The Sudden Housing Bubble in Dallas: Personal Perspective

Share on FacebookTweet about this on TwitterShare on LinkedInShare on Google+Share on RedditPrint this pageEmail this to someone

On Tuesday, I posted, This Is How Insane San Francisco’s Housing Bubble Really Is. A number of commenters shared their experiences in the Bay Area, confirming just how crazy the situation has gotten beyond San Francisco itself. In other cities in the country, home prices have shot up too.

Housing bubbles have also matured into magnificent bloom in Canada, particularly in Toronto and Vancouver, in Australia, New Zealand, the UK, particularly in London, a number of cities in Germany, and in other countries. Money printing and interest-rate repression by central banks perform true magic on inflating asset prices – including home prices.

While the jury is still arguing over which city has the craziest housing bubble: San Francisco, New York City, Vancouver, Toronto, Melbourne, etc., David in Texas sent me an email to paint a similarly crazed scenario, albeit with smaller numbers, for an unexpected bubble candidate, Dallas.

The national indices don’t always reflect what is happening on the ground. It helps to get some granular details. So here is one of them for Dallas, where the oil bust has had no impact on the blooming housing bubble. Not yet, at least, as far as we can tell.

By David in Texas:

I realize you have a different level of insanity in the Bay Area, but here’s an anecdote from Dallas that shows the madness has accelerated here, despite the oil price declines.

This is the Zillow chart for a friend’s house just west of the Park Cities (the old money part of Dallas). It is a gentrifying neighborhood where the old cottages are being torn down and McMansions built at a furious pace.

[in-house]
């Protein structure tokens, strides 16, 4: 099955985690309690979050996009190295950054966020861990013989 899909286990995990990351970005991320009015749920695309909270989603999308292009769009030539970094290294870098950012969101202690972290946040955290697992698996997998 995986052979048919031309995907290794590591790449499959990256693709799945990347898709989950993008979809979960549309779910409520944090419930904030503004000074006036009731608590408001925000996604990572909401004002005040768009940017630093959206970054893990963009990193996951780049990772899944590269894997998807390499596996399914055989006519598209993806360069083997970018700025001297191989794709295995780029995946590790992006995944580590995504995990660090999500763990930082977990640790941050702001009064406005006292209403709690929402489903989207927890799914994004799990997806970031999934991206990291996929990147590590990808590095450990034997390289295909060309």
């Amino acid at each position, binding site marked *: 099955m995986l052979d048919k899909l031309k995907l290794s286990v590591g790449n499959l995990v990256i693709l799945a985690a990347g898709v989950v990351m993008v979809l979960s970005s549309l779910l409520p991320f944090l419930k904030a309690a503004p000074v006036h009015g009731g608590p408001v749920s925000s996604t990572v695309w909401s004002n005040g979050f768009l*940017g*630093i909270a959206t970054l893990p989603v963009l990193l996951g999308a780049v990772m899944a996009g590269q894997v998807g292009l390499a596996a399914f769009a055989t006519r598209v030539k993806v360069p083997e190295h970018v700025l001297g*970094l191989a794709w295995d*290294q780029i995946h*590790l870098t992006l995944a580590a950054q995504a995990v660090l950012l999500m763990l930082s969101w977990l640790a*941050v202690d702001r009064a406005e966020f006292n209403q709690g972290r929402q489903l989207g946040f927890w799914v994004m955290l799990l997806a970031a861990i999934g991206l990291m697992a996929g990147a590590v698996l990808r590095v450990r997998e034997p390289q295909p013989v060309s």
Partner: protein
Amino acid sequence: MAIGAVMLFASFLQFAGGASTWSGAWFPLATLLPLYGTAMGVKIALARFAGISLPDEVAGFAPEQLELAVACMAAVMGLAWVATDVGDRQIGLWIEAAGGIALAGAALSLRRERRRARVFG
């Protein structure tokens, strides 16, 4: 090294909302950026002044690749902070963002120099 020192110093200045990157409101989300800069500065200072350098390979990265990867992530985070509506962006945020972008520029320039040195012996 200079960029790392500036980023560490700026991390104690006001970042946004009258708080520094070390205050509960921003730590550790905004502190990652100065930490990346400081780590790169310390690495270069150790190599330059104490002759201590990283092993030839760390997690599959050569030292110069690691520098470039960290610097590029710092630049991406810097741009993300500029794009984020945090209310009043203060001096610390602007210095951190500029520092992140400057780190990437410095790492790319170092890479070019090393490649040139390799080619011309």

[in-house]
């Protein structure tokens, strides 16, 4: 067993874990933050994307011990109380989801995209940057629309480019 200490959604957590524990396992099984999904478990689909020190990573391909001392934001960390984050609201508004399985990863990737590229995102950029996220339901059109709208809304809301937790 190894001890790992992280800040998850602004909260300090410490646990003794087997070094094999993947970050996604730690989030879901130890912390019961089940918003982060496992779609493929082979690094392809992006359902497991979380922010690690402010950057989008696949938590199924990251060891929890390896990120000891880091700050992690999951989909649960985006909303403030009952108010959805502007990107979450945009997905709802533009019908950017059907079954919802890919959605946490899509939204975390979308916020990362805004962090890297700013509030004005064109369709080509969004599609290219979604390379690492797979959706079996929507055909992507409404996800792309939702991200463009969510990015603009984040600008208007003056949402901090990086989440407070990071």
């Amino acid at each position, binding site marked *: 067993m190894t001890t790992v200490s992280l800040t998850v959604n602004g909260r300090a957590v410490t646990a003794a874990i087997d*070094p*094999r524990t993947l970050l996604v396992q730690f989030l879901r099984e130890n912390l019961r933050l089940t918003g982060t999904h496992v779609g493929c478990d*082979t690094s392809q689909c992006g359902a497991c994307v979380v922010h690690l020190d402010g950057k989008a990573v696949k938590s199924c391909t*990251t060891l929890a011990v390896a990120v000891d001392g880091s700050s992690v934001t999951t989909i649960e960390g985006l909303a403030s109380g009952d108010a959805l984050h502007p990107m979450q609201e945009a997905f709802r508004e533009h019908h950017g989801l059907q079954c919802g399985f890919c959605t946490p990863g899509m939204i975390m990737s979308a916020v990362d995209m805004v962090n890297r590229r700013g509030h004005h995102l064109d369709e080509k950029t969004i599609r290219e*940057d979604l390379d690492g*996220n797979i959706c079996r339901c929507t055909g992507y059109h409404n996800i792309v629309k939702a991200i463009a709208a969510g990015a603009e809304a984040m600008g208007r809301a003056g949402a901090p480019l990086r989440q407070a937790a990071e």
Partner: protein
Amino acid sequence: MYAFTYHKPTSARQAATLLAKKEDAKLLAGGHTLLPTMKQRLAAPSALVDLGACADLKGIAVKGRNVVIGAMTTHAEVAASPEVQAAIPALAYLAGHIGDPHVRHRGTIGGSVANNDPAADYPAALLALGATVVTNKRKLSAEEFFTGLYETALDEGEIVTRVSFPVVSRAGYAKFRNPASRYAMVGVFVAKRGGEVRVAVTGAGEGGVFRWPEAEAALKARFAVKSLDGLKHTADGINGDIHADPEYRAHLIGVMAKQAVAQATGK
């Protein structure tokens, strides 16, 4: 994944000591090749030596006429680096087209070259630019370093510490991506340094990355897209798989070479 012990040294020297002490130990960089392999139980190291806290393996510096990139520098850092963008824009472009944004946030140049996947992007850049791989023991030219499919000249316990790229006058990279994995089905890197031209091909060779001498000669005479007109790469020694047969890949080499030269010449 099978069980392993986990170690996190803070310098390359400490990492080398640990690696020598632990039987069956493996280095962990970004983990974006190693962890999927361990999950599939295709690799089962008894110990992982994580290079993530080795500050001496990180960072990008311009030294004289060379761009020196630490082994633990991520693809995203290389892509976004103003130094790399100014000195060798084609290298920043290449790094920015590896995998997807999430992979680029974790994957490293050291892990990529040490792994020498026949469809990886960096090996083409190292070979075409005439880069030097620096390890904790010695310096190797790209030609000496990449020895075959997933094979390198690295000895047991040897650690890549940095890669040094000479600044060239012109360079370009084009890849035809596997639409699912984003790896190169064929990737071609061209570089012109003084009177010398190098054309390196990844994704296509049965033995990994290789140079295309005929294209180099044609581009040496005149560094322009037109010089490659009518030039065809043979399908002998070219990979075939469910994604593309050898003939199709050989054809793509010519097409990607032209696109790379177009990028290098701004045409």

Dallas-house-David-Texas

Her house is a 2/1, ~ 1300 sq. ft., built in the late 1940s and updated sporadically since then. I realize the same house in the Bay Area is probably $1m plus, but the acceleration of prices in Dallas is mind-boggling to me. According to Zillow, the house was worth $386K in January, and $427K now. It’s up 88% from January 2012,

I’m not sure how accurate Zillow is overall, but this trend reflects what I’m seeing in that neighborhood.

Buy, buy, buy before the opportunity is gone, is the thinking – among a lot of people and not just pushy real estate brokers.  A few less desirable neighborhoods nearby (or formerly less desirable) are becoming flip-central. Party like it’s 2006! By David in Texas.

Inflating home prices, as the Fed has purposefully strained to do for years, has a different impact than inflating stocks and bonds. When stocks and bonds soar into absurdity, people don’t have to live in them…. So in this environment, how many years does it take to save up for a down payment in San Francisco and other US cities if you earn the local median income? Are you sitting down? Read…  How Soaring Housing Costs Impoverish a Whole Generation and Maul the Real Economy

Share on FacebookTweet about this on TwitterShare on LinkedInShare on Google+Share on RedditPrint this pageEmail this to someone

  5 comments for “The Sudden Housing Bubble in Dallas: Personal Perspective

  1. NotSoSure
    May 21, 2015 at 5:46 pm

    These people are praying for an ISIS/ISIL victory in Saudi Arabia. Strange bed partners indeed.

  2. David in Texas
    May 22, 2015 at 10:32 am

    No one I know is praying for an “ISIS victory in Saudi Arabia.” I’m not sure where you got this idea.

  3. Colorado
    May 22, 2015 at 10:41 am

    The same thing is happening in Denver. Homes in less than desirable neighborhoods are being flipped and sold for 50k+ profits for investors and flippers. I don’t know if Denver is in a true bubble, but the median home price has reached a new high here: $402k. Seems insane to me as wages have not kept up with the cost of living (buying or renting) in Denver.

  4. night-train
    May 23, 2015 at 2:53 am

    I saw craziness in housing in Dallas and Houston in the early 80s. Also saw quite a number of people whom I knew well walk away from homes after they lost their oil industry jobs. And only two or three years before, oil companies were offering us jobs as soon as we finished our MS degree course work. Do the thesis on their dime.

    I Guess it is all different this time. It sure seems like a lot of people do believe that. Where are all the buyers coming from and in which industries are they employed?

  5. David in Texas
    May 26, 2015 at 11:46 am

    The new neighbors that I have met are all in “structured finance” or some other banking-related field. There are new little banks and popping up all over the place, too.

Comments are closed.